Germany’s Food and Beverages Industry

Germany’s Food and Beverages Industry

With almost 84 million inhabitants and a high responsiveness to new cultural influences and culinary trends, Germany provides great business potential for domestic and international foods and beverages. Its strategic geographical location and leadership in technological innovations make Germany an excellent starting point to enter this segment of the European consumer goods industry.

Current Trends on Germany’s food and beverages audience – high expectations for a high-income population

The food sector in Germany is motivated not just by a desire to provide the finest, but also by a desire to actively adapt to changing customer desires and requirements. Increased health awareness, an aging population, and the resultant demand for health and wellness goods have aided a number of formerly niche market actors in becoming major industry players.

More than 170,000 distinct food items are offered to German customers from national and international enterprises operating in practically every section of the German food and beverage market, with consumers having spent 175.8bn Euros for food, in 2020. It can be said that the industry has reaped the benefits of the coronavirus outbreak, with organic food and online food retail seeing record sales.

As a consequence of rising worries about food quality, increased knowledge of environmental issues, and, among some, a skepticism of contemporary agricultural and food production practices, consumers in Germany have become increasingly sensitive of the food they eat, giving preference to locally grown and fresh food. Even a rising number of customers are taking the effort to identify and compare the ingredients in the foods they buy, in an attempt to reduce or avoid added sugar, artificial substances, and fat.

Consumers in Germany are becoming more conscious of their ethical and moral ideals. This manifests itself in decisions shaped by environmental, sustainability, animal welfare, production, and labor practices, as well as a desire to have a beneficial influence on communities and people. The advent of waste-free/packaging-free supermarkets, as well as a greater focus on recycling and renewable energy, reflect this growing trend. The worldwide market for ethical products is expected to grow, with Germany playing a key part in this development.

Food and beverages in digital markets

Discounters, conventional food retail, hypermarkets, drugstores, department and general shops, and other sorts of businesses make up a significant portion of the food trade industry in Germany. A grocery store is an example of a classic food retail outlet, but hypermarkets are substantially larger than supermarkets and sell products other than food. Year after year, the number of food retail establishments in Germany has decreased during the previous decade. The development of online food shopping is one of the causes behind this.

Because of the advent of online food retail, the food industry is already changing, not just for special, less accessible, or overseas items, but also for everyday grocery shopping. The spread of the coronavirus has boosted demand for online shopping and deliveries, with some supermarkets depending on their existing online stores and delivery services.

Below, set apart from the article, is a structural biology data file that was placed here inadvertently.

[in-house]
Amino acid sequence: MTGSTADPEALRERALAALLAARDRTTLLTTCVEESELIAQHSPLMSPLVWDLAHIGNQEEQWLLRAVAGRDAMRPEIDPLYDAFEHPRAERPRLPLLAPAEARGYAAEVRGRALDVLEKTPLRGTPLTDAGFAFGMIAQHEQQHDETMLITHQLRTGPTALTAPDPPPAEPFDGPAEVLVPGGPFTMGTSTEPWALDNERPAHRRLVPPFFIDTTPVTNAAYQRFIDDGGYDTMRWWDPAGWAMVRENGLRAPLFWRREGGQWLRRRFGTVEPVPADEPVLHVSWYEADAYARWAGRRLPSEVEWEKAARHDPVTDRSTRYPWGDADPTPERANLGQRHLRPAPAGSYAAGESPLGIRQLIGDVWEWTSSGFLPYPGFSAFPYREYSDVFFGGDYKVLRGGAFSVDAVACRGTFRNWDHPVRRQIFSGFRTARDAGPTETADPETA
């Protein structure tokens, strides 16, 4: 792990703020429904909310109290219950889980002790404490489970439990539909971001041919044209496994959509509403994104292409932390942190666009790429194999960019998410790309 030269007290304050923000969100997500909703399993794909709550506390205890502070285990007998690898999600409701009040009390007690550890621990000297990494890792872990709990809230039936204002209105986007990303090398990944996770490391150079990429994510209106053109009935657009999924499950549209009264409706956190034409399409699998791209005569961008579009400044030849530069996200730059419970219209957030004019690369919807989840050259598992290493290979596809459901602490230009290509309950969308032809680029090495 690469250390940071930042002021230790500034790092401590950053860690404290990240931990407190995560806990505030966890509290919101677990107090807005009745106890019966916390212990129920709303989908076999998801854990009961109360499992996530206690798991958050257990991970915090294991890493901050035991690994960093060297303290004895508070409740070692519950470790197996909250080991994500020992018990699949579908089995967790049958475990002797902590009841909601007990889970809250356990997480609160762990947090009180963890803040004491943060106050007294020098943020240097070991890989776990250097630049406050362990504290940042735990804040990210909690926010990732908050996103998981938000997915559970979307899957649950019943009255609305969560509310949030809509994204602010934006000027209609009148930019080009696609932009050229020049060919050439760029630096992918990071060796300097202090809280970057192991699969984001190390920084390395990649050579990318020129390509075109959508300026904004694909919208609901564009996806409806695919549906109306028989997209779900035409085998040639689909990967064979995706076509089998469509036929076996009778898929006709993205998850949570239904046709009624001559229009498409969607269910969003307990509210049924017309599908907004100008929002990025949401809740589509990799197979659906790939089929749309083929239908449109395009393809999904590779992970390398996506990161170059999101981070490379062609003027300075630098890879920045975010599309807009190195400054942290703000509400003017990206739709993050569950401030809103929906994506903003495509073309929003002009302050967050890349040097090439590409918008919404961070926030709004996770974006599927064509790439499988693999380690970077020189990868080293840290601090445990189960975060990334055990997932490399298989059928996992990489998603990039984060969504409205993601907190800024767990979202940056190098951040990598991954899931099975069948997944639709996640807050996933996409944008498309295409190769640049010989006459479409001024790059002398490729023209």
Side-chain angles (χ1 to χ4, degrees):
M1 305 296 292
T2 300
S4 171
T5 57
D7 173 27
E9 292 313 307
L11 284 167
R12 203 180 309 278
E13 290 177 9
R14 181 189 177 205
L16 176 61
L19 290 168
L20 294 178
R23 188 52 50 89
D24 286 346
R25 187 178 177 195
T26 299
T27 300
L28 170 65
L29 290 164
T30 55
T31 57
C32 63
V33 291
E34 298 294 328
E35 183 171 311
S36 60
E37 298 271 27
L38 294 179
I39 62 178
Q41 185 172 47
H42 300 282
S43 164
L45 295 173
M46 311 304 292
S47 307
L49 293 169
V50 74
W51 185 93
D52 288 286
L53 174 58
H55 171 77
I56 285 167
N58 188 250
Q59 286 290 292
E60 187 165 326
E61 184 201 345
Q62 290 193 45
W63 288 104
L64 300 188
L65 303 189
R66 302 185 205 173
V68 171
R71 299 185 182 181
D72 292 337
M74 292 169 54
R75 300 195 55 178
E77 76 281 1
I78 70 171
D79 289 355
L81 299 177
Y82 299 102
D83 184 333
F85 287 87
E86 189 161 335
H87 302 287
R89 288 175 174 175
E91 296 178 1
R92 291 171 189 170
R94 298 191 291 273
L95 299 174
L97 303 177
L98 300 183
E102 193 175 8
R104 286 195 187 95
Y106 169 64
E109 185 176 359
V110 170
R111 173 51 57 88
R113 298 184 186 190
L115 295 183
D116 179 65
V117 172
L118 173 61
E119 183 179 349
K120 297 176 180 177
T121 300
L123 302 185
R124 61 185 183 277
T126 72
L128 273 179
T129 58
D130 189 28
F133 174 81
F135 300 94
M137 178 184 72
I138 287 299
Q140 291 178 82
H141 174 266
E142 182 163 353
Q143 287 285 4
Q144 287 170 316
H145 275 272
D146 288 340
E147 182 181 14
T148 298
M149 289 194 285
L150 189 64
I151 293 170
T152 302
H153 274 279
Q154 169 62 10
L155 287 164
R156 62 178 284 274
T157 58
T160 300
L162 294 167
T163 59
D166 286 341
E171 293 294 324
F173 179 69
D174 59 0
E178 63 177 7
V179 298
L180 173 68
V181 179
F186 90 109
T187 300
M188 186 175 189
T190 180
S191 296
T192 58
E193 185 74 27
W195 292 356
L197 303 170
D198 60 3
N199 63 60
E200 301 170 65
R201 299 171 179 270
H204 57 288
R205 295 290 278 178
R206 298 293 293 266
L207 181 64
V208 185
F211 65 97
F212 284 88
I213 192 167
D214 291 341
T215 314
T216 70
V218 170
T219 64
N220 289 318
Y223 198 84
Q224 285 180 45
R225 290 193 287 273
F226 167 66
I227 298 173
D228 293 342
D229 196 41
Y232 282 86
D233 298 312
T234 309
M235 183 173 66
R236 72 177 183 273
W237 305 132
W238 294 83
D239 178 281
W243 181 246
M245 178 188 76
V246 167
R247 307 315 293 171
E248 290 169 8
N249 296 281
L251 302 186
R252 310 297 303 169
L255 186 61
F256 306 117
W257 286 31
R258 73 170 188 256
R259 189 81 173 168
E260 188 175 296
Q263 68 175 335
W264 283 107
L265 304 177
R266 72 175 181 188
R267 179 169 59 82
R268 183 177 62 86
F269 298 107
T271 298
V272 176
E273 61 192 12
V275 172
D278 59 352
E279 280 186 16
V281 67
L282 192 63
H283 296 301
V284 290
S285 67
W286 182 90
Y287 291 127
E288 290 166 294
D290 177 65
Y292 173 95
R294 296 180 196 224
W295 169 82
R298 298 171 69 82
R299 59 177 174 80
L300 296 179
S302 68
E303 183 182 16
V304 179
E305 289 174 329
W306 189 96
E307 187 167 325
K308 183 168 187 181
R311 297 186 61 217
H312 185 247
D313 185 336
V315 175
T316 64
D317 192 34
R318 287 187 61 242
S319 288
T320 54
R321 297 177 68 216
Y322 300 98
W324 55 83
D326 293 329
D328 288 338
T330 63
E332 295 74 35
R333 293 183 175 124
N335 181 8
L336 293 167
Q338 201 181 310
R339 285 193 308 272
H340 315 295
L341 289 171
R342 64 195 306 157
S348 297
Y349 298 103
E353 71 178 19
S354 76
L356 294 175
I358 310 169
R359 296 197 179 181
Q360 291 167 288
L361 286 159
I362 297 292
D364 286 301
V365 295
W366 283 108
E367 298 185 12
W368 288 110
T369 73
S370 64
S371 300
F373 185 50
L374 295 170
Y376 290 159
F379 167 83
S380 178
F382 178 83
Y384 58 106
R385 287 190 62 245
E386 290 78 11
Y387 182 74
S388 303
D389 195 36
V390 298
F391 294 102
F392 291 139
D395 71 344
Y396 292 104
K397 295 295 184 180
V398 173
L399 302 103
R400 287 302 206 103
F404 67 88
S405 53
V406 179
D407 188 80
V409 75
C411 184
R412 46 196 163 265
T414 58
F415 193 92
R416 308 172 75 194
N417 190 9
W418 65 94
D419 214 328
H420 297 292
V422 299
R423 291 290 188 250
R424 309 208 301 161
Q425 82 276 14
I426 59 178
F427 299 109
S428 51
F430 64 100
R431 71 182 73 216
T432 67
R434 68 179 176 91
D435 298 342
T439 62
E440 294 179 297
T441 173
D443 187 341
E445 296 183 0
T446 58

At the forefront of online retail in the food and beverages segment are, and Revenue of online retail in the food and beverages segment is estimated to reach 2.4bn Euros at the end of 2021, while Statista projects the market volume to reach 3.2bn Euros in 2025, an annual growth rate of 6.83%. Also, by 2023, 1% of total market revenue in the food and beverages segment will be generated through online sales, depicting a growing significance of online stores for German consumers.

Conventional Food Landscape is still dominating

Despite of the new trends and movements, German still has large parts of its population going for conventional options in the food and beverage sector. Especially when it comes to basic products like flour, milk, sugar, coffee and also meat products, the price competition is extreme. Stories about discounters reducing prices as a reaction to sales at the nearest competitor – just to keep the impression of “cheapest in town” are well-known examples of this.

Furthermore, the average spent percentage on food and beverages is significantly lower than for example in the neighboring France. This illustrates yet again that one should be careful using too many stereotypes about German as a market; there are many different segments and geographies to deal with.

BDG as experts for foods and beverages in Germany

While BDG already helped a number of foreign clients to enter the food and beverages segment, it has also identified for online offerings to be a major factor of success. Having unique online offerings that provide sustainable and environmental-friendly products, setting up a local production facility and working with sustainable supply chains make it possible to generate a strong foothold on the German market. But adoption of online retail is no easy endeavor. Key issues in this industry include making it easier to transport perishable items quickly, eliminating the last-mile problem, and lowering the high cost of flexible, same-day delivery.

As these entry barriers prevent small and medium enterprises to effectively conquer the digital marketplace and reach German consumers, it is advantageous to have a domestic consultancy knowing the ins-and-outs of the brick-and-mortar business and the online market to strategically lead you into the right direction. BDG is such a consultancy with expert knowledge in the food and beverage industry being able to support your business endeavor in Germany.

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